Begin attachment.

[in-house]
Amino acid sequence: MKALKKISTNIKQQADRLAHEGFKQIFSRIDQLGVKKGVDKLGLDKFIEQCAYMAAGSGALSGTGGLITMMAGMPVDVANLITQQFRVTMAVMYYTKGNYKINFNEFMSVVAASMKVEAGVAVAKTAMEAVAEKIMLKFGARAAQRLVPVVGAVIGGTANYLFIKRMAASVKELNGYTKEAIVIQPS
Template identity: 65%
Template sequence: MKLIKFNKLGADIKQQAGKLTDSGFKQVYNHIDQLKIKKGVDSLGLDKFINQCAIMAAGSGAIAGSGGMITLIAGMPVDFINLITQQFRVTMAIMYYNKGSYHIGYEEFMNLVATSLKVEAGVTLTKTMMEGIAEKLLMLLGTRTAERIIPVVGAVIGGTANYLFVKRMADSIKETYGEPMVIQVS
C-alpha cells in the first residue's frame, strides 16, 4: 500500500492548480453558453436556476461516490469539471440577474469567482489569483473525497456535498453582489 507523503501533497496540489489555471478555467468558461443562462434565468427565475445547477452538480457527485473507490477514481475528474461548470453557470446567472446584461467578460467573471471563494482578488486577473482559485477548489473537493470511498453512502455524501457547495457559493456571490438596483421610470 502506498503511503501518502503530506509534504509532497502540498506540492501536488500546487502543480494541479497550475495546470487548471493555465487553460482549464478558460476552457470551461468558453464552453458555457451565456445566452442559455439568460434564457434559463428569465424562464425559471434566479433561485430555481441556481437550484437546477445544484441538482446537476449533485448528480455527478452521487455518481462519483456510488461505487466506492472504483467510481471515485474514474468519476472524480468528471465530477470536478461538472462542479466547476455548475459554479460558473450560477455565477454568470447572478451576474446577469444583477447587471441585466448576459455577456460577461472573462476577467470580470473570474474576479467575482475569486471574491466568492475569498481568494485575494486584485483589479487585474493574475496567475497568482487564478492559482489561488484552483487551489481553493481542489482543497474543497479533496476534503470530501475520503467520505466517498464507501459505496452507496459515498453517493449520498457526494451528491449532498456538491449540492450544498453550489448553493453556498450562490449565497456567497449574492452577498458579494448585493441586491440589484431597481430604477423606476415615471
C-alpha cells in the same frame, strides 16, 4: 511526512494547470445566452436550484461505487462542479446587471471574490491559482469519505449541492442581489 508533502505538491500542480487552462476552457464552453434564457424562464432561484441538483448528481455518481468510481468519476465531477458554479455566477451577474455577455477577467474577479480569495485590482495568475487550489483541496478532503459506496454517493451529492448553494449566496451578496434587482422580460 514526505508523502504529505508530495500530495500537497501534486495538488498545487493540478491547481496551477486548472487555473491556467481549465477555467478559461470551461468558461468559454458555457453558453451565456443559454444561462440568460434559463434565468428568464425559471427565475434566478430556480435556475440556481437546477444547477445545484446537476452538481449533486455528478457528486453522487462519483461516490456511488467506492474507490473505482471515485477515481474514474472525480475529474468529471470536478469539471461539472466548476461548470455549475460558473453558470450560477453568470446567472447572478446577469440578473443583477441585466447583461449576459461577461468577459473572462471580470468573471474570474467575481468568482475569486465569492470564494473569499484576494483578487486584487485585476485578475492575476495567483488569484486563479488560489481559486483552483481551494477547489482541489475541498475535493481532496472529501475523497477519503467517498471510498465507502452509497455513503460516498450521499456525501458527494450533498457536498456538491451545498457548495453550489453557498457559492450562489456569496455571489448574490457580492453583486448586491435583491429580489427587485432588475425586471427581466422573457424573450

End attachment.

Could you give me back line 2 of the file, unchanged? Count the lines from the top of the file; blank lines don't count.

Amino acid sequence: MKALKKISTNIKQQADRLAHEGFKQIFSRIDQLGVKKGVDKLGLDKFIEQCAYMAAGSGALSGTGGLITMMAGMPVDVANLITQQFRVTMAVMYYTKGNYKINFNEFMSVVAASMKVEAGVAVAKTAMEAVAEKIMLKFGARAAQRLVPVVGAVIGGTANYLFIKRMAASVKELNGYTKEAIVIQPS